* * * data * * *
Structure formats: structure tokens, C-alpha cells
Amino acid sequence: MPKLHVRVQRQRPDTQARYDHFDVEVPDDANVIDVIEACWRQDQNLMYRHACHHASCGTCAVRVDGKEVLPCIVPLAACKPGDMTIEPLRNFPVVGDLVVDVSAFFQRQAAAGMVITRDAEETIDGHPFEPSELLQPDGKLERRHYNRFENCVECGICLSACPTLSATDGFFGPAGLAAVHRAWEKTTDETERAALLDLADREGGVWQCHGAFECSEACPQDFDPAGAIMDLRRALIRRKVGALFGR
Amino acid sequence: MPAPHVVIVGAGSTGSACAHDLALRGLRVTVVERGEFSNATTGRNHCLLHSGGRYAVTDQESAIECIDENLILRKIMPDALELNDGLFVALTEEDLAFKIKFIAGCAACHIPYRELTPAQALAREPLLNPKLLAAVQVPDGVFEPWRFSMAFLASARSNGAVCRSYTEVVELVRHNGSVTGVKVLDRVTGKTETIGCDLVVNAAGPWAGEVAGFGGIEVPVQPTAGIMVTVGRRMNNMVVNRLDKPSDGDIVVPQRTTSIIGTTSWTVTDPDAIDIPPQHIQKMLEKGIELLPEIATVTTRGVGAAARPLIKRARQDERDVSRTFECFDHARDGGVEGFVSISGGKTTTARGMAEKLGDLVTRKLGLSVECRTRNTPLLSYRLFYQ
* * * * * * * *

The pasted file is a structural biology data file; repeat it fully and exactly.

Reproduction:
Structure formats: structure tokens, C-alpha cells
Amino acid sequence: MPKLHVRVQRQRPDTQARYDHFDVEVPDDANVIDVIEACWRQDQNLMYRHACHHASCGTCAVRVDGKEVLPCIVPLAACKPGDMTIEPLRNFPVVGDLVVDVSAFFQRQAAAGMVITRDAEETIDGHPFEPSELLQPDGKLERRHYNRFENCVECGICLSACPTLSATDGFFGPAGLAAVHRAWEKTTDETERAALLDLADREGGVWQCHGAFECSEACPQDFDPAGAIMDLRRALIRRKVGALFGR
Amino acid sequence: MPAPHVVIVGAGSTGSACAHDLALRGLRVTVVERGEFSNATTGRNHCLLHSGGRYAVTDQESAIECIDENLILRKIMPDALELNDGLFVALTEEDLAFKIKFIAGCAACHIPYRELTPAQALAREPLLNPKLLAAVQVPDGVFEPWRFSMAFLASARSNGAVCRSYTEVVELVRHNGSVTGVKVLDRVTGKTETIGCDLVVNAAGPWAGEVAGFGGIEVPVQPTAGIMVTVGRRMNNMVVNRLDKPSDGDIVVPQRTTSIIGTTSWTVTDPDAIDIPPQHIQKMLEKGIELLPEIATVTTRGVGAAARPLIKRARQDERDVSRTFECFDHARDGGVEGFVSISGGKTTTARGMAEKLGDLVTRKLGLSVECRTRNTPLLSYRLFYQ